TT: For any design we’re doing, we want providers at the table immediately. It is very important to us to have champions in that design process. While we have a generational gap among a lot of our providers, we do have some new advanced practitioners — (for instance) a nice group of oncologists that just joined us, they are really excited and happy to sit at the table. I don’t think we can succeed without the provider at the table, starting with the design, because he or she knows what they want for their patients and knows what the patients’ experiences have been. We want to leverage that into an enhanced experience and really try and solidify the relationship.
KU: We’ve been pushing our providers a lot. We have a virtual health center that allows us to do remote monitoring for falls, high-risk fall patients, and virtual ICU care. We have launched a new sepsis protocol that can be called remotely from the virtual center. I thought it wasn’t going to go (over well with) providers that are in-house, but they’ve seen the benefit. Lives have been saved because of the ability to do this, and we’ve been able to gain acceptance around that. The digital front door could really help (alleviate) the burnout going on within healthcare today. If we can augment and assist our providers with technologies that don’t add work—it seems like every new regulation that comes out adds more keystrokes or more work for the providers—but if we can somehow take some things off the plate for them from a technology perspective, that’s the future of healthcare.
JA: One trap that is easy to fall into is...we contract with a new vendor to solve the problem, and we throw [a product] against the wall and we hope that it sticks. In that case, digital can become an expense center, because we are not able to generate outcomes. People don’t engage. One concept we’re introducing at Sanford is the idea of OKRs, which stands for objectives and key results, to really understand: What is our strategic direction as an organization and what are the objectives we’re ultimately trying to achieve? How are we going to measure success at every level of the organization? That way, when (we’re pitched a digital health solution, we ask) what problem are we solving? What objective does this align to? How are we going to measure success so that everything we’re doing ultimately is aligned with the organization’s strategy?
TT: We use the OKR model as well. That’s how we are addressing the questions of what problem are we trying to solve, how does it align with our objectives and what are our key results? Aligning back to our objective and creating the right digital access creates patient loyalty. If it’s easy for the patient and they’re connected to their provider, and it’s easy for the provider, then we’ll be able to acquire and retain those patients.
KU: We have to dig into how (digitization) can affect the quality of life for our providers and our patients and keep that as the driving force. There’s too much work to be done for the manpower that we have. We’re going to have to augment it in different forms and fashions, but it’s going to have to make things better. If we keep adding alarms instead of reducing them, to the point where nobody’s paying attention...did it really help at the end of the day?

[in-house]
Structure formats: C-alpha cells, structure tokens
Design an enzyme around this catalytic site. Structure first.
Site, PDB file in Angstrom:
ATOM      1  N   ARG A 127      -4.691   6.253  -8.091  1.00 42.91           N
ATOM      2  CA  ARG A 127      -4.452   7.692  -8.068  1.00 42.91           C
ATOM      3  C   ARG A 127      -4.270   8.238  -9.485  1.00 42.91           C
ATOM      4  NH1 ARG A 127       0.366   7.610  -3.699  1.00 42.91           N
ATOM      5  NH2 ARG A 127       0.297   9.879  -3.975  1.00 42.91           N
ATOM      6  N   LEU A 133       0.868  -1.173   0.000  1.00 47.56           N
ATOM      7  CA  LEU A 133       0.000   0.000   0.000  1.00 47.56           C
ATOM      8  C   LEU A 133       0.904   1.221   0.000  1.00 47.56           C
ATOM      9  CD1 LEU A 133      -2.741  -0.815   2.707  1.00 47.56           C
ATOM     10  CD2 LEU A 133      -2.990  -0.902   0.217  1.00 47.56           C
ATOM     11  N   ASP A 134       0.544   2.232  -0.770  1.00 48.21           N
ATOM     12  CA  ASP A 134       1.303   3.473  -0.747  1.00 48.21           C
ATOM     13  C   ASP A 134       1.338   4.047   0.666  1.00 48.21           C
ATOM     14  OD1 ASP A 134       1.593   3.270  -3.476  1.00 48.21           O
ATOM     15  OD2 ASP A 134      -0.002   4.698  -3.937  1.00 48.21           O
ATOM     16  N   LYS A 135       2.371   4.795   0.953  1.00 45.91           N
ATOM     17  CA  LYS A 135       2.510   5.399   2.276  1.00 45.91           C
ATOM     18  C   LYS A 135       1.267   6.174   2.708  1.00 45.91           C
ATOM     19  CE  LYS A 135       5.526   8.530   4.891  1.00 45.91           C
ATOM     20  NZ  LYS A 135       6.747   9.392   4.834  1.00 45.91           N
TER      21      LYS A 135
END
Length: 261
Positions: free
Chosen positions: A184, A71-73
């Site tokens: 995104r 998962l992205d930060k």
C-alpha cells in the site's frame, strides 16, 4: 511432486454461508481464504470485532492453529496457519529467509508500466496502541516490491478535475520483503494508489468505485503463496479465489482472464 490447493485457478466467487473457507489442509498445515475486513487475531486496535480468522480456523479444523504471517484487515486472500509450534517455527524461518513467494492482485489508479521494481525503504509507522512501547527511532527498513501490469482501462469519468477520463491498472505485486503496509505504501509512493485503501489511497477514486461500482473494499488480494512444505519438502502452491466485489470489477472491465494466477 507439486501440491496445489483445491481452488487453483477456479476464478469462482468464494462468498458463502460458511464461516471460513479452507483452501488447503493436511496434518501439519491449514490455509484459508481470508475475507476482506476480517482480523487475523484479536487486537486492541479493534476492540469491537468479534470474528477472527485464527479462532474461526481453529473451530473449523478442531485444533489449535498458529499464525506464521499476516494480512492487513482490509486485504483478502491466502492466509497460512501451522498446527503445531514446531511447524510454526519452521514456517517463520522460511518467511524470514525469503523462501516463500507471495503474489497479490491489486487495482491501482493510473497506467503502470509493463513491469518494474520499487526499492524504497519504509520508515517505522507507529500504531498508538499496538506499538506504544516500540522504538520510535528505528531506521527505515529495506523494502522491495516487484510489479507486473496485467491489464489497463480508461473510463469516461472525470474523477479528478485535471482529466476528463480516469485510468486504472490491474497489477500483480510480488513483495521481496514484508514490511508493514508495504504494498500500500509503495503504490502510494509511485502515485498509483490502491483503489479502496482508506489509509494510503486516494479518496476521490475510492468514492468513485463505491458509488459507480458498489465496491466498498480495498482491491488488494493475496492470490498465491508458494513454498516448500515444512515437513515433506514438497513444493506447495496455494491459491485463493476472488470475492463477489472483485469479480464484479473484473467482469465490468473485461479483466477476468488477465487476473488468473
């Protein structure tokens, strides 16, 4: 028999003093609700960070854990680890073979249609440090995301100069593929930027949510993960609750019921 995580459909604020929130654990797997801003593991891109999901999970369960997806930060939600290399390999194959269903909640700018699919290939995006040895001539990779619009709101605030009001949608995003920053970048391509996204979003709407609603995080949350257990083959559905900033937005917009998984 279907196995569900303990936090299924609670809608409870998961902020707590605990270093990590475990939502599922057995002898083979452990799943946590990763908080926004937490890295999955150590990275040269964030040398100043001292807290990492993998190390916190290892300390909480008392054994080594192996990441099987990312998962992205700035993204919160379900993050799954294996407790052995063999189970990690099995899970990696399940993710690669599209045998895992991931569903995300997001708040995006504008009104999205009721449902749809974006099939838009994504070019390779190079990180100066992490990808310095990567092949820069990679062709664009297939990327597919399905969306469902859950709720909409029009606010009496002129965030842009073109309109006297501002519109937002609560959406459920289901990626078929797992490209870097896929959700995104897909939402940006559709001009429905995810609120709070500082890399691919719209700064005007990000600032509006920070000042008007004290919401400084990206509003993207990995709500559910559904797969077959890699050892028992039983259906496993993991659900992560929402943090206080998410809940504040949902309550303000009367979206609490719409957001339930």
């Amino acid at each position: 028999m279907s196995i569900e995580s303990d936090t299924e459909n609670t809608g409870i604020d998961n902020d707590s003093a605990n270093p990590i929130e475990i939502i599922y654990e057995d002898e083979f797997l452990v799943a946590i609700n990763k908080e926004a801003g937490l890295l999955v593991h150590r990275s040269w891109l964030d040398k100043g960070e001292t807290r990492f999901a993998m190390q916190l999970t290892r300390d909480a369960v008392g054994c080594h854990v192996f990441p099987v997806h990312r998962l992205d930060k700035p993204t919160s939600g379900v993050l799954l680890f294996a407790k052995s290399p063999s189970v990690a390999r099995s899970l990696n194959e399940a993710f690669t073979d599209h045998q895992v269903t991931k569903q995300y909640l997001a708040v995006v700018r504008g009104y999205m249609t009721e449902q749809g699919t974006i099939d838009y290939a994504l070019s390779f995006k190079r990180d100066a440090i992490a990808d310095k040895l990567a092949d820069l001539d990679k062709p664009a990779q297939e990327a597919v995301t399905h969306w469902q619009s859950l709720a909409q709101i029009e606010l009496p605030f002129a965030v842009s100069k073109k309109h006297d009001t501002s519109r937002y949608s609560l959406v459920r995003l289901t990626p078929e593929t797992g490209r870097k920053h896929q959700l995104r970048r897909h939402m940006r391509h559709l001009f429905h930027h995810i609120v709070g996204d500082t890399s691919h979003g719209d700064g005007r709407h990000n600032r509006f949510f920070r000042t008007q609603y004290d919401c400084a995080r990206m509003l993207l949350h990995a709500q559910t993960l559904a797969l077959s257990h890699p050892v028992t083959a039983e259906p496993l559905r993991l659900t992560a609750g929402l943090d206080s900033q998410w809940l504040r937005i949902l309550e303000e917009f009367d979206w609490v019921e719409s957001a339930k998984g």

JA: Healthcare is complex, so the opportunity is immense for digital to simplify. I think about the process that replaced when you went to the airport, stood in line and waited to talk to customer service. That entire process was simplified with two taps. The opportunity in healthcare to do something like that is absolutely groundbreaking and transformational. But if we don’t marry that up with an operational transformation, and if patients go through the digital experience and then they show up in clinic and we still ask them to go through the same questions, it’s going to be a very frustrating experience.
PG: Remote patient monitoring will be really interesting in the future as well. How do you manage patients and monitor them from a distance when they’re not necessarily on your premises? That’s going to be a huge benefit to patients.
TT: I think we are a few decades away from it — maybe one, two — but I don’t think it’s impossible. Younger people will be there. Baby boomers, I don’t think will all get there, but that’s based on my own experience as a patient. I love being able to schedule my appointment, get my results (online), but I still want to see my doctor.
JA: I do see that happening. As the younger generation starts to consume more healthcare, too, there’s going to be a shift in expectations, preferences and utilization of digital tools. As a healthcare industry, we need to catch up to meet some of those expectations. They want a digital experience that covers every step of their journey across an end-to-end platform. They don’t want different point solutions that serve different needs in bits and pieces. So, (our challenge is to) create that seamlessness, wraparound digital experience in a way that compliments the physical care delivery they receive.
DV: Everything excites me about where we’re going, the ability to affect the healthcare of millions more people through our access potential. And the ability to tie this into quality care, with remote monitoring and tele-ICUs and some of the other things that we all just talked about.
PG: Helping clinicians’ jobs be more efficient is a huge opportunity. You hear way too often that medicine isn’t fun anymore. We need to help clinicians get back to actually practicing medicine as opposed to all the other things that are required right now. And on the patient side, what’s exciting is the potential to) provide more information so that healthcare isn’t a scary thing, so that they’re more comfortable and more educated about the care they receive.
TT: We have tremendous opportunity to, one, improve access, and then two, really make it easier for those who are delivering the care. It’s really hard to treat patients, and it’s not because the patient is complicated, it’s because the system is complicated (with) lots of points and clicks.